Run any application on RHEL7 containerized with 3D acceleration and pulseaudio ( Steam, Pidgin, VLC, …)

Red Hat Enterprise Linux 7 RC was released some time ago. Since the beta was already quite decent I wanted to toy around with the RC version.

My setup is quite unique. My root filesystem is on ZFS which I used on archlinux. Since I didn’t want to reinstall my laptop I just created another ZFS filesystem and manually bootstrapped RHEL7 with the RPMs from ftp://ftp.redhat.com and the version of yum which can be found in the archlinux user repository.
I will not go into the specifics of that though.

The overall experience with RHEL7 has been great so far. But I was missing some applications like Pidgin ( which has been removed in favour of Telepathy ), Steam and VLC.
Since I know my way around systemd, thanks to archlinux and Fedora I knew about systemd-nspawn.
It’s a tool to enable lightweight containerisation of single applications or booting whole Linux distributions in their own namespace.

So getting the Pidgin from my archlinux install running was quite easy.
sudo systemd-nspawn -M pidgin --bind=/home:/home -D /altroot/ARCH-ROOT su maci -c 'DISPLAY=:0 pidgin' &

Another great way to run applications in containers is Docker.
Docker has a great index of pre-built images to start applications in containers.
There even is an image to run Steam inside of a SteamOS environment. https://index.docker.io/u/tianon/steam/
In theory a simple docker run tianon/steam should be sufficient to boot up steam.
However Steam needs access to the hosts X server. So we need to bind-mount /tmp/.X11-unix into the docker container. Docker has a command line option for that -v its the equivalent to systemd-nspawn‘s --bind.
Now the Steam interface starts up just fine. There is no audio output though.
It took me some time to get the audio output working since the pulseaudio FAQ is quite outdated, it lists a bunch of bind mounts required to get audio working inside a chroot environment.
In reality what we do need is /run/user/${UID}/pulse, /etc/machine-id and /dev/shm.

Now we got graphical output and sound, but the 3D acceleration is not working.
It’s easy to get it working though. First make sure the OS image you use has the opengl libs for your physical video card, in the steam container the mesa libs are pre-installed, next bind mount /dev/dri into your container.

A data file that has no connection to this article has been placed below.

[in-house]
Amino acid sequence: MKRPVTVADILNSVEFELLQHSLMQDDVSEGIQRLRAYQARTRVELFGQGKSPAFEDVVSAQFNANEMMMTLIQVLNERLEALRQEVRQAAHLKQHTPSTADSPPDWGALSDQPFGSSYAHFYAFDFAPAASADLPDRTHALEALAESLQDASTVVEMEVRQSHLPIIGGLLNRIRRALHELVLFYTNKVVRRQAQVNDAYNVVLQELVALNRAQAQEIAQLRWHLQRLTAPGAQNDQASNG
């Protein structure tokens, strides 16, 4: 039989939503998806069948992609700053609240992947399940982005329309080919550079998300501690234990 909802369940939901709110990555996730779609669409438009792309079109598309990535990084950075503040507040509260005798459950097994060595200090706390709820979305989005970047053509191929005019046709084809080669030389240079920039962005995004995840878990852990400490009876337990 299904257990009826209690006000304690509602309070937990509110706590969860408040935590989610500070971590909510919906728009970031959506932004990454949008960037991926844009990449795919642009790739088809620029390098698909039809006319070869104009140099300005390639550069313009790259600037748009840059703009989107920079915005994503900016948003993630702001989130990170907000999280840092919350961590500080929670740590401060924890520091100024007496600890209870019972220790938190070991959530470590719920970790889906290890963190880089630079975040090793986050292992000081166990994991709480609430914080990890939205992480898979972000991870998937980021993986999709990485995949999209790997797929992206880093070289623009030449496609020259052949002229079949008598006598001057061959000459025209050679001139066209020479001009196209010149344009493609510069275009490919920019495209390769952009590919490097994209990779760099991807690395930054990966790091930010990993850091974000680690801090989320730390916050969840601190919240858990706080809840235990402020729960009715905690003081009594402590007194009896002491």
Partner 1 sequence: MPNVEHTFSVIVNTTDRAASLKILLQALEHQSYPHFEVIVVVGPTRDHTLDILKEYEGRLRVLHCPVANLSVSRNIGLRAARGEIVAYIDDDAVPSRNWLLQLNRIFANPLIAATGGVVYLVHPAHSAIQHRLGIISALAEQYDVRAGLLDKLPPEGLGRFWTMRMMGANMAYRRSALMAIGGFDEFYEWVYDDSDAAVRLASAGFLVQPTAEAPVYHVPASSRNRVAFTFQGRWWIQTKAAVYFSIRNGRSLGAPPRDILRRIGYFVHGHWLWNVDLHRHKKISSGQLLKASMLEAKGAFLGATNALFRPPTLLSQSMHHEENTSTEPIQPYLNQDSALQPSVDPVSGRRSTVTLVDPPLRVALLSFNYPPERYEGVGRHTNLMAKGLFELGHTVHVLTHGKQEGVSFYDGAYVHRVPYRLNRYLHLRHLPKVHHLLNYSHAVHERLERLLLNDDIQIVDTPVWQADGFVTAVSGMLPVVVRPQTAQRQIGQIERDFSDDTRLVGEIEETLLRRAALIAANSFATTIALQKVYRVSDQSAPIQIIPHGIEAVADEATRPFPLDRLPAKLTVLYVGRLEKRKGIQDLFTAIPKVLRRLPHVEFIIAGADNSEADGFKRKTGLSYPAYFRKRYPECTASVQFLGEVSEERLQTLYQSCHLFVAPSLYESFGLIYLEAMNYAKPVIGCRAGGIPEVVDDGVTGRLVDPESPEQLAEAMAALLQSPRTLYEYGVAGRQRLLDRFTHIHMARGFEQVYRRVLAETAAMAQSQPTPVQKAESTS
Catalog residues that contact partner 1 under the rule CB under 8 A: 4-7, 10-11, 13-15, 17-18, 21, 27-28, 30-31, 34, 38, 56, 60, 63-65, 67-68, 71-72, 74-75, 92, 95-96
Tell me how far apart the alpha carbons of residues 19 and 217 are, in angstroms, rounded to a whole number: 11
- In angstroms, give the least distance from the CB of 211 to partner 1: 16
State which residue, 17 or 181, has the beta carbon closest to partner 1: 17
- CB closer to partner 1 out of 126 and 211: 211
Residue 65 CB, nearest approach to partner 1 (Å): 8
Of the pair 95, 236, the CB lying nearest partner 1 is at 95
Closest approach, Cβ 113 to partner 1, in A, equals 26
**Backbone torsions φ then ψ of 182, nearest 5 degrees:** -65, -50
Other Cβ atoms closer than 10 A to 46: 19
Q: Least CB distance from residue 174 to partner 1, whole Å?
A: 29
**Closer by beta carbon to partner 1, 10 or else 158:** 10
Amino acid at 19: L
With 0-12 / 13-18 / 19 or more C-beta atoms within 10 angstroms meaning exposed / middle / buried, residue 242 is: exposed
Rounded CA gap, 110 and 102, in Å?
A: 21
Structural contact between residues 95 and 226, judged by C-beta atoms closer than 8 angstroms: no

Update 2015-10-04: For some reason the image does not work out of the box anymore, I will investigate.

All combined we get something like:
docker run --name=steam \
-v /dev/dri:/dev/dri \
-v /tmp/.X11-unix:/tmp/.X11-unix -v /dev/shm:/dev/shm \
-v /run/user/${UID}/pulse:/run/user/${UID}/pulse \
-v /etc/machine-id:/etc/machine-id \
-v ${HOME}/Downloads:/tmp/Downloads \
-e DISPLAY=${DISPLAY} tianon/steam

Further information about the parameters can be found in the docker documentation.

That’s all. Using the methods described above you can get almost every application working in a container. VLC for example with systemd-nspawn
sudo systemd-nspawn --bind /tmp/.X11-unix:/tmp/.X11-unix \
--bind=/dev/shm:/dev/shm --bind=/dev/dri:/dev/dri \
--bind=/run/user/${UID}/pulse:/run/user/${UID}/pulse \
--bind=/etc/machine-id:/etc/machine-id \
-D /altroot/ARCH-ROOT \
su vlc -c "DISPLAY=:0 QT_X11_NO_MITSHM=1 dbus-launch /usr/bin/vlc --no-qt-privacy-ask"

Other ideas for applications you can run in a container: firefox, keepassX or basically every desktop application you want to separate from the system.
But you should remember to only bind-mount those resources into the container which are mandatory for your application to work.

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10 thoughts on “Run any application on RHEL7 containerized with 3D acceleration and pulseaudio ( Steam, Pidgin, VLC, …)

    1. maci0 Post author

      I think RedHat is on their way of doing so with Project Atomic and the new Openshift+Docker integration.

      Reply
  1. Frank Kaufmann (@FrankKaufmann76)

    Do you know what packages are required to be able to nspawn to a different Arch Linux root directory on your filesystem? The wiki recommends just pacstraping “base” to some folder [pacstrap -i -c -d ~/MyContainer base] and leaving out “linux” since you still use your local kernel. This still pulls in packages from [core], which probably aren’t strictly needed to have a bear minimum container.

    Reply
    1. maci0 Post author

      I would guess the bare minimum you would need is bash systemd pacstrap should pull in all the dependencies those two have.
      You might even get away with a smaller shell like busybox or dash.

      Reply
      1. Frank Kaufmann (@FrankKaufmann76)

        Thanks that worked. However systemd + dependencies is already ~200 MB. Maybe I’ll try installing a modified systemd package, that is also stripped down to the bear minimum. glibc is also kind of big on its own.

  2. rhn

    I found that binding /dev/dri inside a Docker container doesn’t work perfectly – the program in the container gets permission denied and relies on llvmpipe instead. Can the container share devices from host?

    Reply
    1. maci0 Post author

      The impact on performance is negligible.
      And yes, using this method it is possible to run steam in a docker container.
      In fact there are some Dockerfiles floating around for steam/steamos.

      Reply

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